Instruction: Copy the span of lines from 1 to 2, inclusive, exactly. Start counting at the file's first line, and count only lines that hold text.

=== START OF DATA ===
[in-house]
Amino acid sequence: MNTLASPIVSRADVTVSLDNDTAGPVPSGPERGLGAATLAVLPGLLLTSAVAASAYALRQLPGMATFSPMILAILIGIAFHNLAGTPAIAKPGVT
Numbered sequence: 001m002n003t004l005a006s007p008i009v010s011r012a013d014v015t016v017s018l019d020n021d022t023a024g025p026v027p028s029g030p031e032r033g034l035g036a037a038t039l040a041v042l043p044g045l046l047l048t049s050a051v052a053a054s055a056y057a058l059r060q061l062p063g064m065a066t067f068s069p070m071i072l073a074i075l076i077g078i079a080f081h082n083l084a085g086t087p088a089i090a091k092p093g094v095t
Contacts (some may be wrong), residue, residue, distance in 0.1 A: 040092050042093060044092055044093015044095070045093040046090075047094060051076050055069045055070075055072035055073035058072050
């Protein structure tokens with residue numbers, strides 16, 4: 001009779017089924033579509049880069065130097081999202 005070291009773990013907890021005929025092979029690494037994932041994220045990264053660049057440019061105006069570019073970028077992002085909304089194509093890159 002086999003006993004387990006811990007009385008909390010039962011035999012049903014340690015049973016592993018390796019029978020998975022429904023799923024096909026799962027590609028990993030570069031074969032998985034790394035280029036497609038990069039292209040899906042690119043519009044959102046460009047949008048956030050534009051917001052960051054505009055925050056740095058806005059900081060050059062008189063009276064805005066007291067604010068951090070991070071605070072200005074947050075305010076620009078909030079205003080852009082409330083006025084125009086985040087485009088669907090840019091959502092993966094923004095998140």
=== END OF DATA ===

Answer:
[in-house]
Amino acid sequence: MNTLASPIVSRADVTVSLDNDTAGPVPSGPERGLGAATLAVLPGLLLTSAVAASAYALRQLPGMATFSPMILAILIGIAFHNLAGTPAIAKPGVT